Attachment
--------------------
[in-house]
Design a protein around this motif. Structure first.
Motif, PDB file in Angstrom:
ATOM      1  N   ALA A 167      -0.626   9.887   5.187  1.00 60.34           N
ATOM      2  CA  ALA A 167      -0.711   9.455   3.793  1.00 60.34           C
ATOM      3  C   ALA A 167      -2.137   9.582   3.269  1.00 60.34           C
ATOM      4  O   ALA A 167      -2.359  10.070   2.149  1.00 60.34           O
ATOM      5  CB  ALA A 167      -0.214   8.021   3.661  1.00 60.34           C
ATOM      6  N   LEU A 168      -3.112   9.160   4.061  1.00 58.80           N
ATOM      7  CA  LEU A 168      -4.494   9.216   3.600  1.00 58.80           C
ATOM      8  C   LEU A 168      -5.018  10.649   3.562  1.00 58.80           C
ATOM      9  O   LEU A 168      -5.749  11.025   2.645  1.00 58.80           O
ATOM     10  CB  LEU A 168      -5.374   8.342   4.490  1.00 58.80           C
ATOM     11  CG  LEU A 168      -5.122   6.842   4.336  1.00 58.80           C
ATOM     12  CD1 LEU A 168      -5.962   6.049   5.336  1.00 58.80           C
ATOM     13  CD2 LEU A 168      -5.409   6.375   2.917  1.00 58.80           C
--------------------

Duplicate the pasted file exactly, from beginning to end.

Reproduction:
[in-house]
Design a protein around this motif. Structure first.
Motif, PDB file in Angstrom:
ATOM      1  N   ALA A 167      -0.626   9.887   5.187  1.00 60.34           N
ATOM      2  CA  ALA A 167      -0.711   9.455   3.793  1.00 60.34           C
ATOM      3  C   ALA A 167      -2.137   9.582   3.269  1.00 60.34           C
ATOM      4  O   ALA A 167      -2.359  10.070   2.149  1.00 60.34           O
ATOM      5  CB  ALA A 167      -0.214   8.021   3.661  1.00 60.34           C
ATOM      6  N   LEU A 168      -3.112   9.160   4.061  1.00 58.80           N
ATOM      7  CA  LEU A 168      -4.494   9.216   3.600  1.00 58.80           C
ATOM      8  C   LEU A 168      -5.018  10.649   3.562  1.00 58.80           C
ATOM      9  O   LEU A 168      -5.749  11.025   2.645  1.00 58.80           O
ATOM     10  CB  LEU A 168      -5.374   8.342   4.490  1.00 58.80           C
ATOM     11  CG  LEU A 168      -5.122   6.842   4.336  1.00 58.80           C
ATOM     12  CD1 LEU A 168      -5.962   6.049   5.336  1.00 58.80           C
ATOM     13  CD2 LEU A 168      -5.409   6.375   2.917  1.00 58.80           C